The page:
Roughly 70% of our guests are fly anglers, which makes us a very unique operation in the Amazon.  



Please do NOT arrive with cheap gear, it simply will not hold up here. 



A great rule of thumb is to match the rod weight to the size of the fly you are fishing.  A 4-5 inch EP-style fly will throw like a dream on an 8 weight.  A 5-6 inch deep clouser or half & half is perfect on a 9 weight, and anything larger should be thrown with a 10 weight.  Simple.

Fly Rods

  • An 8 weight, in experienced hands, can be a lot of fun to fish in our waters.  You will see on our videos how our rods are doubled over and Guests are working very hard to get a fish in, then when it comes to net it doesn't really look that big.  Believe me when I say that there are very few fish in this world that fight as hard as a peacock bass.  You will feel under-gunned most of the time catching even our smaller fish with an 8 weight, but it is still very fun.  It's great for fish from 2-6 pounds, but you will not be able to control anything bigger than 7 pounds on an 8 weight.  You will not be able to turn them from cover and you will likely break the rod on a true double-digit peacock (we broke 16 rods last Season). Think of this rod as your 3 weight for catching a wild 18" trout.  It can be done, but there are better tools available for the job.  Hopefully, that makes sense.


  • A 9 weight is that magic sweet-spot between being light enough to cast all day and to feel the smaller 2-4 pounders, yet powerful enough to turn over heavy flies and land that double-digit peacock.  This is Michael's preferred rod weight for most of his day.  He will always have one rigged with a 5”-6” long EP or Whistler style fly tied to 8’ of straight 40-pound tippet, lined with SA's Tropical Clear Tip WF9F/I line.  We absolutely love Winston's Jungle 9 weight or the Winston Alpha+ (8 weight rod matched with a titan/jungle taper 9 weight fly line).  Other favorites include the Scott Sector and SAGE's Payload series (see note below regarding rods).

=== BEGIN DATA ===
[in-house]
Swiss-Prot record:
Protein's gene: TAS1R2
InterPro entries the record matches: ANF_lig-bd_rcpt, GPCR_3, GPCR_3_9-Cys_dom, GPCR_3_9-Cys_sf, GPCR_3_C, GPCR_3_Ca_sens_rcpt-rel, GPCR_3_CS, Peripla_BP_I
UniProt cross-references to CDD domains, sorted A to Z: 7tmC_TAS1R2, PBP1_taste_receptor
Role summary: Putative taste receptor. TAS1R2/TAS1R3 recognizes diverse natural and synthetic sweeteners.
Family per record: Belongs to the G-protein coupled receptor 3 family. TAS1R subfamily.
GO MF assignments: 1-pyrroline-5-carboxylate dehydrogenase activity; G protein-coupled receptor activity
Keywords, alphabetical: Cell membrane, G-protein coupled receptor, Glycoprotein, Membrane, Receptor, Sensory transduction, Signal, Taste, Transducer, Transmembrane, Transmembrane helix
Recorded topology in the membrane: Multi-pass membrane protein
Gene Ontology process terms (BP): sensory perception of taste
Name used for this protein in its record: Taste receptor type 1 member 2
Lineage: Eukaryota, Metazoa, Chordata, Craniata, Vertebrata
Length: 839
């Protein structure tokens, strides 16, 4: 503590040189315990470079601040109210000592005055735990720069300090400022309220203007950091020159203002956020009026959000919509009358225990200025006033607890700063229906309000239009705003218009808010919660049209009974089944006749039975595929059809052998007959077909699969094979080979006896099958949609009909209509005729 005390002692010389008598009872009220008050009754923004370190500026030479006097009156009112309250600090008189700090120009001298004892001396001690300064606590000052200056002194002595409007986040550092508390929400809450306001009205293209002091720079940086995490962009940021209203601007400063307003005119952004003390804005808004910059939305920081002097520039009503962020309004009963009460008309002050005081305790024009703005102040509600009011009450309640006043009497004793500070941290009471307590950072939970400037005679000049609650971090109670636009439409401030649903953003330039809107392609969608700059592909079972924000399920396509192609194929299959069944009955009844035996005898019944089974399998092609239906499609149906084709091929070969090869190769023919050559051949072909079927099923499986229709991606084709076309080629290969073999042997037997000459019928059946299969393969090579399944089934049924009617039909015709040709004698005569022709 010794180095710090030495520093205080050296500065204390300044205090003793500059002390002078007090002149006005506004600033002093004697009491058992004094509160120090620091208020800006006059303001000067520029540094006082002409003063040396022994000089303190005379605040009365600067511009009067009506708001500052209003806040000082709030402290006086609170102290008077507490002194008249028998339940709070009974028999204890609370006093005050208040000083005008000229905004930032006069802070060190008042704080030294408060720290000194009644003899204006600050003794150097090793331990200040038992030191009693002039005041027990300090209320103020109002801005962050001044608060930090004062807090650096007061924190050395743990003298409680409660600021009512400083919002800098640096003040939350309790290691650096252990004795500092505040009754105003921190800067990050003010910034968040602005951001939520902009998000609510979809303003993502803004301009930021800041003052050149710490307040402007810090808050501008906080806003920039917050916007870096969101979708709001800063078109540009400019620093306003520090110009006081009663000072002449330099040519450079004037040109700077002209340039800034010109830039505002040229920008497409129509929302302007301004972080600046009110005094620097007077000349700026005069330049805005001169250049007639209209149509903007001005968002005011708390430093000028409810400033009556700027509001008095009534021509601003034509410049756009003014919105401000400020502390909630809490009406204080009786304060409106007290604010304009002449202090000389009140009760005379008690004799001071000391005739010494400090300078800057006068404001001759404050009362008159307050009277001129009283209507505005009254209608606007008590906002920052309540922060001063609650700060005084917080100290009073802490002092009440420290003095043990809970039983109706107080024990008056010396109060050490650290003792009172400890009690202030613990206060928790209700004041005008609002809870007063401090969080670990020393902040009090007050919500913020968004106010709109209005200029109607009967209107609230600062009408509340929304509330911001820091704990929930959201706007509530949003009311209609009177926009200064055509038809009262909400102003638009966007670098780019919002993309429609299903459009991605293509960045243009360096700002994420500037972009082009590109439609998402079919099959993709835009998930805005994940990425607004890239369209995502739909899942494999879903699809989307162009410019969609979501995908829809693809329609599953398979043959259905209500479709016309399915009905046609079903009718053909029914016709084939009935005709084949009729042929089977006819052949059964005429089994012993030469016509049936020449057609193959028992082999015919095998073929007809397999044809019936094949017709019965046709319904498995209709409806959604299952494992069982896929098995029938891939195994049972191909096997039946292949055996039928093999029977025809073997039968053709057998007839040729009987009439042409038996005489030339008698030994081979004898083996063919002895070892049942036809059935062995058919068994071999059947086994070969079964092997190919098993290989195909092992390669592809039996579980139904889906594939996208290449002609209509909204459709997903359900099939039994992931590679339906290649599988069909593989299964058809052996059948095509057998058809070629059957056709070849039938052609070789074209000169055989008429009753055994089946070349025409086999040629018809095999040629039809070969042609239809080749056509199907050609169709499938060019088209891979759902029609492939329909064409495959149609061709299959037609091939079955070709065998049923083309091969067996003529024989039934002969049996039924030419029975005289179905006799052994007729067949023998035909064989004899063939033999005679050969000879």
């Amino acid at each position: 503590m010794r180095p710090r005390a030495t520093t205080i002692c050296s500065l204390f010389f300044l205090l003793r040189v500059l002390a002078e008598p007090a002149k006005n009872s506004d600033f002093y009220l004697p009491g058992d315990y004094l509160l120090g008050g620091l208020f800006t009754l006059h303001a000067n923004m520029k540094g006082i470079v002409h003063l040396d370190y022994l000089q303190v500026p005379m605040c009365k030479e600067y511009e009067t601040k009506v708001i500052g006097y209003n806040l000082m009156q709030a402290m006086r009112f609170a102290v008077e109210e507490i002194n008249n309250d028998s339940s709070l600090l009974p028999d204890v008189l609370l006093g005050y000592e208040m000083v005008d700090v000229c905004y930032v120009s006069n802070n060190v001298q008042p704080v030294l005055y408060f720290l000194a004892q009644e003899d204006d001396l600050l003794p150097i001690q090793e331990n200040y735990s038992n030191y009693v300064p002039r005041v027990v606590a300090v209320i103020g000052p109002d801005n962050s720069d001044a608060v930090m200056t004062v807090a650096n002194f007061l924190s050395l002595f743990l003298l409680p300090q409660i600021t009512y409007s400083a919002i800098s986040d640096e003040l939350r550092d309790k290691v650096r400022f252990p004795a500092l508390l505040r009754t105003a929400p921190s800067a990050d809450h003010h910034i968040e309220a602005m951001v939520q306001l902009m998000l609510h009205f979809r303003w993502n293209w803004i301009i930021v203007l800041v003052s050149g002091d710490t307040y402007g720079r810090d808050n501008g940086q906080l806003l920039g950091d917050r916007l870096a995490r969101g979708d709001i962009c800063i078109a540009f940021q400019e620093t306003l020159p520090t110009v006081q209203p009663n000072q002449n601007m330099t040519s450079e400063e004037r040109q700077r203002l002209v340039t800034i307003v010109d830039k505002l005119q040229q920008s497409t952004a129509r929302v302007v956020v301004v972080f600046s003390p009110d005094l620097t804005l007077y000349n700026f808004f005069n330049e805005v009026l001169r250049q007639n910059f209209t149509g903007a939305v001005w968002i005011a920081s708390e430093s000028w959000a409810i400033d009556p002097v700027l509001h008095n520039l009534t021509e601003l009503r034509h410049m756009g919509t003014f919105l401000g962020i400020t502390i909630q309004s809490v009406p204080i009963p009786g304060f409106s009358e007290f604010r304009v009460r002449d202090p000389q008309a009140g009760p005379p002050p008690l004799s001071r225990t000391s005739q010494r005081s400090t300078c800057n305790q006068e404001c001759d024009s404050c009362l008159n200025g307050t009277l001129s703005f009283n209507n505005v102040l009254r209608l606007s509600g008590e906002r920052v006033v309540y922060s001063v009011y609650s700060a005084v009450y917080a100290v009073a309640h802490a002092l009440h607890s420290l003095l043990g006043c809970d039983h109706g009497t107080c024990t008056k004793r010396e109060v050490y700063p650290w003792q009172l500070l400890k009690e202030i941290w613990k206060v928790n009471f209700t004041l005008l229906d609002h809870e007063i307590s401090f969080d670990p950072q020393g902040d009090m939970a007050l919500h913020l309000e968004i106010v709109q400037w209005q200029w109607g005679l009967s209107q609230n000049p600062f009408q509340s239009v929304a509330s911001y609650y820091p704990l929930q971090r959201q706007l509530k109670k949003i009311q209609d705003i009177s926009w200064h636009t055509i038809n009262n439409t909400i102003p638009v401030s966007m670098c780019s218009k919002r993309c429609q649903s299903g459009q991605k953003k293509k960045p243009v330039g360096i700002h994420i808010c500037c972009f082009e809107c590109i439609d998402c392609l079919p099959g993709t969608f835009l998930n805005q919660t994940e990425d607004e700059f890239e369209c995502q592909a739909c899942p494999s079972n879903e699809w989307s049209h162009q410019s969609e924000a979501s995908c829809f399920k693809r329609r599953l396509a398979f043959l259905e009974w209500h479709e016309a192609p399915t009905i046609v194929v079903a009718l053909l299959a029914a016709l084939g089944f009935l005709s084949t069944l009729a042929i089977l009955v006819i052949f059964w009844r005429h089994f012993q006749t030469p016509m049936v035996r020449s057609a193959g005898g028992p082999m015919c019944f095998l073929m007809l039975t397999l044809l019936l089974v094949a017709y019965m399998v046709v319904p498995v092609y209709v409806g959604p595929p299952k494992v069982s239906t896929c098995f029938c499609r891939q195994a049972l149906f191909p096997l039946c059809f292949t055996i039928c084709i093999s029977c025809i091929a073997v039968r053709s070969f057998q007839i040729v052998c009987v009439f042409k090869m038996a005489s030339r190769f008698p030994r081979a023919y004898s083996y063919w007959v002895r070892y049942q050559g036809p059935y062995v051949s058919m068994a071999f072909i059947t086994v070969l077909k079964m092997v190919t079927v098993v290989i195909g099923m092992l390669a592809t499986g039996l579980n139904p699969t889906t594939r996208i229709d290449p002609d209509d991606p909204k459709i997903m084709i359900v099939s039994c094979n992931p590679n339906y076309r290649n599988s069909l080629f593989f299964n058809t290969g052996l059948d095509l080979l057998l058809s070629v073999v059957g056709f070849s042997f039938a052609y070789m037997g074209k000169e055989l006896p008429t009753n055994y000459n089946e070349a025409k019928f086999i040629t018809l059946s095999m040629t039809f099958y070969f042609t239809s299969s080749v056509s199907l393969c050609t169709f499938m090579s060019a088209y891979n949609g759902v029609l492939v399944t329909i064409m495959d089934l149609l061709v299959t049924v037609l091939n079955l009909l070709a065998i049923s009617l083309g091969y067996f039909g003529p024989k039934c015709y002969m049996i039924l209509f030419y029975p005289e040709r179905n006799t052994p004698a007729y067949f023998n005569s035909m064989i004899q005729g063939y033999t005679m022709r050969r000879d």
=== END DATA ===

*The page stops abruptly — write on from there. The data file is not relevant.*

• A 10 weight is the perfect trophy rod for our waters, and fits into a specific strategy.  Rig this rod with a 7" or 8" long fly tied to a 7' 50-pound leader, lined with an SA Jungle Clear Tip line (WF10F/I or Type III Sink tip).  This system is always on Michael's boat, rigged and ready in case he sees that 20 pounder crushing bait.  Our favorite 10 weights are the Winston Alpha+ (9 weight rod matched with a jungle taper WF10F/I), Scott Sector, or SAGE Payload.